Self-defense, subversion and the status quo : four Tennessee newspapers assess the Columbia race riot of 1946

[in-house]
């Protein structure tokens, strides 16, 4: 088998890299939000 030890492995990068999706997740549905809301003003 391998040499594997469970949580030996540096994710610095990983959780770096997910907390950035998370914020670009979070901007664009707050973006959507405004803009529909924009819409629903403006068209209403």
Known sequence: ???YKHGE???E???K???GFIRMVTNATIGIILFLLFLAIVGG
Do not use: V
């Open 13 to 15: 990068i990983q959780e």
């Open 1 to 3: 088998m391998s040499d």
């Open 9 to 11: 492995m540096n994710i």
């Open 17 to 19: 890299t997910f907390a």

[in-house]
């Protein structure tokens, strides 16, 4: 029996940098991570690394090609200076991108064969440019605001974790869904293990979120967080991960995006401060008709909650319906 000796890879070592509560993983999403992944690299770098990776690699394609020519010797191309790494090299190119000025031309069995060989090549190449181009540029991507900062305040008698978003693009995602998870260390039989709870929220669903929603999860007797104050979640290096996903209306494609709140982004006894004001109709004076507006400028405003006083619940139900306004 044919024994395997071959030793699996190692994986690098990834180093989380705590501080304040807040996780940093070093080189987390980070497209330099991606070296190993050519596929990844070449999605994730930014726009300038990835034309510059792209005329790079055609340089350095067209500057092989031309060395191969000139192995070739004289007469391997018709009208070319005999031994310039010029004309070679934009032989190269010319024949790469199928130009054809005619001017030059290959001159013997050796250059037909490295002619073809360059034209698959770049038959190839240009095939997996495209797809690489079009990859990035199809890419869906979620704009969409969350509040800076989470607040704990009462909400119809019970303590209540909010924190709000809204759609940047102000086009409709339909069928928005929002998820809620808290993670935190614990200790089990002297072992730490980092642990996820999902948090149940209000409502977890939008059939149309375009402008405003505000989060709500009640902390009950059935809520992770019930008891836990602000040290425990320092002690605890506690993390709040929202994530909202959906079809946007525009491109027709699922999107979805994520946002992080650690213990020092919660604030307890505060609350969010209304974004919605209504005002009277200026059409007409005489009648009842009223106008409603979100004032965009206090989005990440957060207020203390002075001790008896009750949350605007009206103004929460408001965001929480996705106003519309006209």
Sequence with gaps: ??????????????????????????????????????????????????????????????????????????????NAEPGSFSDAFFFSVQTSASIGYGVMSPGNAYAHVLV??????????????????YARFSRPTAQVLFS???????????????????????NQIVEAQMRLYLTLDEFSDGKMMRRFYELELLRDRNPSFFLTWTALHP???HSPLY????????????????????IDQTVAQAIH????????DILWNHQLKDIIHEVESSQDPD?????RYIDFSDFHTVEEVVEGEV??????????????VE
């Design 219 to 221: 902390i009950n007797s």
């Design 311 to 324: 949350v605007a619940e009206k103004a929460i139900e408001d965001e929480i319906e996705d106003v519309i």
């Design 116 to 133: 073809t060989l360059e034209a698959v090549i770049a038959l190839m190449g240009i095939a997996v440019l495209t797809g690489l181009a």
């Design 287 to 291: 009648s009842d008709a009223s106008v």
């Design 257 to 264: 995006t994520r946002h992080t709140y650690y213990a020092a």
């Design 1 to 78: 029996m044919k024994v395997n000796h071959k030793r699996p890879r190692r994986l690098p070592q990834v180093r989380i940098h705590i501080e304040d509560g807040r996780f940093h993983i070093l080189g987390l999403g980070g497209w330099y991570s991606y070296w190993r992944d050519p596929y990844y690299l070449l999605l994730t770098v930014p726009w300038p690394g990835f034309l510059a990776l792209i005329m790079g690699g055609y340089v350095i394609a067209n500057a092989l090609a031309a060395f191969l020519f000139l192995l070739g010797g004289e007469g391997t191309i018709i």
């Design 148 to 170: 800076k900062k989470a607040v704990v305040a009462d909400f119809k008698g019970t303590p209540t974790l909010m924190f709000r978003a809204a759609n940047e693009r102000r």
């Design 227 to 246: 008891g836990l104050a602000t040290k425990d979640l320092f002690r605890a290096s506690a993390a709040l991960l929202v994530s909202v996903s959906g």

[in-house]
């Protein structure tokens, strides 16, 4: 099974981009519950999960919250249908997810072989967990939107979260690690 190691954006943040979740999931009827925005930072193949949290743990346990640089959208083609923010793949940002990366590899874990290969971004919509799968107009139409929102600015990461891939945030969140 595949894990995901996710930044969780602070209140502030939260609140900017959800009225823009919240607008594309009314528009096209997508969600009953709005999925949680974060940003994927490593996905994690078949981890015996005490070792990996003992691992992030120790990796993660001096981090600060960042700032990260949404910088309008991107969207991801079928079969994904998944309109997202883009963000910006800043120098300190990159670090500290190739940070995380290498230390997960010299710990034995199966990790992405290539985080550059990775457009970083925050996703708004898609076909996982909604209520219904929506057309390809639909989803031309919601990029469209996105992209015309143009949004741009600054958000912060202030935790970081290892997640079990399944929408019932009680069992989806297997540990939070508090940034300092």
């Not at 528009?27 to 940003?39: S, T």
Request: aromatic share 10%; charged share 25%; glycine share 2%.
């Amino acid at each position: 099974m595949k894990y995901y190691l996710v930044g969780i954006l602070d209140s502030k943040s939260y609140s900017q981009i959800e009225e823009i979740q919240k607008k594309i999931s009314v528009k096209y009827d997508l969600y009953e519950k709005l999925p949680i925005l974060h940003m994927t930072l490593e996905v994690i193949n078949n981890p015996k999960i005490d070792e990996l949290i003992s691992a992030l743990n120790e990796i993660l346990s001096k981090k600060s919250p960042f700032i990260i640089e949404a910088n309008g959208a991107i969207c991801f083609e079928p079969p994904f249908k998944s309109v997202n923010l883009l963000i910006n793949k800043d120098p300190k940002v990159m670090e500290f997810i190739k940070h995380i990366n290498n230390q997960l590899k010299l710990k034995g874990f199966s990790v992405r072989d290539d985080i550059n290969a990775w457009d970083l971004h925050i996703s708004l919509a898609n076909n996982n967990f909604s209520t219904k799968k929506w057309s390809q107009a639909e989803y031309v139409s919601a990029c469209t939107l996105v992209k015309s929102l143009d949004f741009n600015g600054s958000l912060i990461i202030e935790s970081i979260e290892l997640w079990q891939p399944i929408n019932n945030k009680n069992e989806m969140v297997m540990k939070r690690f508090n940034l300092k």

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The period immediately following World War II in the United States saw an uptick in racially charged violence, as increasingly empowered black veterans came into conflict back home with white Americans content with the continuation of the Jim Crow system. Columbia, Tenn., about 40 miles south of Nashville, became the site of one such incident in 1946, when an altercation between a black mother and son and a white clerk erupted into a full-scale invasion of the town's African-American business district by Tennessee state troopers. Numerous black Columbians were beaten and arrested. By looking at how four different newspapers in Tennessee covered the Columbia riot story, this study hoped to discover the ways in which race and civil rights were presented to local readers at the time. What assumptions did reporters make about culpability in the riot? How did discussion of the riot mirror discussion of other political matters in 1946 America? How did white and black newspapers differ in their coverage? These were some of the questions asked. The study found vast differences in how the papers covered the riot story, the most profound of which revolved around two issues: attention paid to the historical context surrounding perceived threats of racial violence and empathy shown to black citizens.
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